Five Is The New Three?

Five Is The New Three?

With the announcement that J. K. Rowling's "Fantastic Beasts And Where To Find Them" franchise will take place in the span of five films, following James Cameron's recent-ish statement that his 2009 blockbuster "Avatar" will also have four sequels, a curious thought came to my mind: is five the new three? 

It is known that Hollywood has always been crazy about trilogies. "Star Wars," "The Godfather," "The Dark Knight," "Lord of the Rings"... You name it! It wasn't until the decision to split the last "Harry Potter" book into two movies that certain franchises, which were previously meant to be trilogies, ended up becoming four movies – such as "Hunger Games." 

But now a subtle new trend appears to be taking place before our very own eyes. Probably in an attempt to imitate (in a small manner) what has been accomplished in the Marvel Cinematic Universe, big new cinematic franchises are being planned as five-part enterprises. 

Something New?

Sure, there's the argument that this isn't anything particularly new. The "Twilight" vampire saga was told in four books, but five films. Producers tried to accomplish the same with the four "Divergent" books, but that didn't go as well as the third movie completely bombed in the box office and the franchise was moved to television.

There's also the case some will make that any hit film will eventually produce enough sequels to reach or surpass five films. There are five "Alien" films if you count "Prometheus," five "Mission: Impossible," five "Indiana Jones," and five "Bourne" installments, for example. The thing is... None of those were planned five-part enterprises. 

It is indeed something new that franchises that didn't come from direct book adaptations, with plots and structures, such as "Avatar" and "Fantastic Beasts," are choosing to be laid out in such a way instead of coming out as standard trilogies. "Transformers" is another example of a movie series that spun five films under the direction of Michael Bay, and the effort there is to create an entire universe based on the cars-turned-robots.

An Episodic Feel

I mentioned the Marvel Cinematic Universe because even though five films aren't the same as fourteen-and-counting, five is still a large enough number to break the standard molds of a trilogy franchise.

See, in a trilogy, structure is clear: movie #1 is the origin story, movie #2 is 'all is lost for the hero,' and movie #3 is the big final showdown. The toughest problem with four-part franchises such as "Hunger Games" is precisely that it feels like movie #3 no longer presents a conclusion to the story, and therefore it can feel like it is a mere interlude to movie #4, where the actual final showdown will happen.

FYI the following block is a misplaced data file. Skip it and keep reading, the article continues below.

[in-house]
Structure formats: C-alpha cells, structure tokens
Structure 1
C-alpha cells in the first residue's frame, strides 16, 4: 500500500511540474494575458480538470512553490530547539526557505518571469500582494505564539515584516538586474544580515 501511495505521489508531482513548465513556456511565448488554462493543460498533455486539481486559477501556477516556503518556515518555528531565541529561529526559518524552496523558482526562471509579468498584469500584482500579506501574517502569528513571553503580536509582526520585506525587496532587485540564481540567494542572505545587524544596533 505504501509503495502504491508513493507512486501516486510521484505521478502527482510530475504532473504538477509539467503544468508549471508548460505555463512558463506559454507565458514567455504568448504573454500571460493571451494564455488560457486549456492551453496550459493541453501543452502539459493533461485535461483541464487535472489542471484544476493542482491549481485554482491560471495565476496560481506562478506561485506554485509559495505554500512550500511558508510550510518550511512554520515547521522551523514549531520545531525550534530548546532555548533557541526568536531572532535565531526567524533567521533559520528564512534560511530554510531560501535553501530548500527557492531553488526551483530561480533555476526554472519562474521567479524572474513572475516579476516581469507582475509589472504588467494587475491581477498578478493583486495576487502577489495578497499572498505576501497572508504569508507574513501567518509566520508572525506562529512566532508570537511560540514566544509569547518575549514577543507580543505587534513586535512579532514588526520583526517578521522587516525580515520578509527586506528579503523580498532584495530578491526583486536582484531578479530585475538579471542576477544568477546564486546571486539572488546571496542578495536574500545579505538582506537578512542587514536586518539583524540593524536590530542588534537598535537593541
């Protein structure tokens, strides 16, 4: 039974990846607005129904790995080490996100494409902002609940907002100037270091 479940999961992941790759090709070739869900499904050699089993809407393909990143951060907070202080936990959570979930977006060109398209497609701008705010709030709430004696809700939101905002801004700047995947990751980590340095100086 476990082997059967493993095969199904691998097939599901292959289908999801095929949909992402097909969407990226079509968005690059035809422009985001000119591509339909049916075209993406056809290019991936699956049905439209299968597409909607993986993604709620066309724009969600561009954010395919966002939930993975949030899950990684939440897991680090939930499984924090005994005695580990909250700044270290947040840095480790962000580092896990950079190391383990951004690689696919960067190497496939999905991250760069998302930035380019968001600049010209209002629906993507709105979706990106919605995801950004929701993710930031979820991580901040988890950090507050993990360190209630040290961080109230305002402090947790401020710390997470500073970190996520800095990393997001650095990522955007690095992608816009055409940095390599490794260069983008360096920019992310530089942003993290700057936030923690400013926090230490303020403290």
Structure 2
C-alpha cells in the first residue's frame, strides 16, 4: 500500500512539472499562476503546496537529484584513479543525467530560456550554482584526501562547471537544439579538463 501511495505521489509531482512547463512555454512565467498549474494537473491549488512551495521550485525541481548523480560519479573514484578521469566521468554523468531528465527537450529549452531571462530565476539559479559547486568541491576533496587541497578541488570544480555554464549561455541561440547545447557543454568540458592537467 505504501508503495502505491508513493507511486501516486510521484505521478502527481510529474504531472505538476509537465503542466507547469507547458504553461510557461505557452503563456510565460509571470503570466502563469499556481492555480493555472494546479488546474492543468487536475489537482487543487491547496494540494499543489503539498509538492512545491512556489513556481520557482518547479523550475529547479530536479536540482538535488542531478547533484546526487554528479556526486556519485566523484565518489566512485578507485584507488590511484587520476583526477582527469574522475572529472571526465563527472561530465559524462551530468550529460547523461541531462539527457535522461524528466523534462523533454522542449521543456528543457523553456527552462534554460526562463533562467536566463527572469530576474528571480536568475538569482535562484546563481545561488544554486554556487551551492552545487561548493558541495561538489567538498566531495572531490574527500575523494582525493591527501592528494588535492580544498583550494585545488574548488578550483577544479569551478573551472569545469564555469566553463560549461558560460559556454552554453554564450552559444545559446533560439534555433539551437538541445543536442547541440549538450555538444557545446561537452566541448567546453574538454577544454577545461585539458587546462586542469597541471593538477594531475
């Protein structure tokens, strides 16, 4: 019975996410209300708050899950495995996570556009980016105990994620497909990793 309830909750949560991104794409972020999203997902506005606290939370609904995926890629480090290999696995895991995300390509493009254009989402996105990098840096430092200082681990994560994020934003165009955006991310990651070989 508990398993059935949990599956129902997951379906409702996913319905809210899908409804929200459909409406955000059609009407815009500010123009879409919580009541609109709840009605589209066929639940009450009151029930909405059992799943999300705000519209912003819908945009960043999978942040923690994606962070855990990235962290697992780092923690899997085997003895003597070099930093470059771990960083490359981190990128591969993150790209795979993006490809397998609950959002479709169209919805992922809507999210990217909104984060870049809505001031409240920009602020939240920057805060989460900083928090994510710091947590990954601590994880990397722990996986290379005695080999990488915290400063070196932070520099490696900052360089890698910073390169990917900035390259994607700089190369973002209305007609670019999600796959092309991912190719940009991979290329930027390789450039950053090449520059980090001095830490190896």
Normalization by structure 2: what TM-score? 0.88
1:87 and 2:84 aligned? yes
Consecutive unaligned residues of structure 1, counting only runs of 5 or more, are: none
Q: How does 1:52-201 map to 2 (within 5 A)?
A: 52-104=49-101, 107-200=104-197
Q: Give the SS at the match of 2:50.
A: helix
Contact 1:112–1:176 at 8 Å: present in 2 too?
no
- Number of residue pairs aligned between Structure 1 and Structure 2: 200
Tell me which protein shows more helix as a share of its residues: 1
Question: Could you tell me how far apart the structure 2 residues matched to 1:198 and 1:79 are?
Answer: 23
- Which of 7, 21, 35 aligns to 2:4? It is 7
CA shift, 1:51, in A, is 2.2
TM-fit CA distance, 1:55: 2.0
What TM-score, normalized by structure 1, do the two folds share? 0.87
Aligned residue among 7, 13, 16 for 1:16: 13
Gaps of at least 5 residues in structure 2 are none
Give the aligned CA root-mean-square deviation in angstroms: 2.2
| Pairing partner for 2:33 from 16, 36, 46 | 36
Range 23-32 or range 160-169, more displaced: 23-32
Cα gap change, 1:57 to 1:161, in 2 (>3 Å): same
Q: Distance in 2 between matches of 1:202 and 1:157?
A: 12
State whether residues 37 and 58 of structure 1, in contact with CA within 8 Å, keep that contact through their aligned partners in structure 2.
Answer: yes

In a five-part movie franchise, the trilogy molds have to be completely thrown out the window if the writers want to keep the story interesting and compelling enough. The franchise has to become a little more episodic and a little less about the ups and downs of a hero's single journey. See, if anything else, that was the clearest problem with the "Twilight" movies, even if you were a hardcore fan. The very simple and streamlined love story between Bella and Edward just didn't have enough ups and downs for five movies. Five is too big of a number for movies to go through the very same journey. 

There are already many hints that "Fantastic Beasts" will indeed take a more episodic approach. Though the first film was based on Newt, many believe that the epic final battle in the last movie of the franchise will center on Dumbledore defeating Grindelwald. Like in the Marvel Cinematic Universe, the series of movies becomes about a number of people who are involved, about several different stories that took place in a few moments in time, and less about the traditional singular hero who goes through a very long (yet singular) journey.

Though there aren't many details outlined for the next four "Avatar" films, it is clear that the first movie coherently finished the story it began. Movie #2 already doesn't feel like a necessary continuation of the story that came before it. An episodic approach is definitely bound to happen in this franchise as well. 

A New Trend, Maybe

If "Avatar" and "Fantastic Beasts" succeed in their five-part efforts, I definitely see how this can become a new trend. The golden era of TV is happening because great storytelling is even greater when you give characters the time to mature, learn, fail, and change. One movie is beginning to feel like it isn't enough time for an audience to be invested in a character's significant change, and maybe three will start to feel like too little as well. 

 

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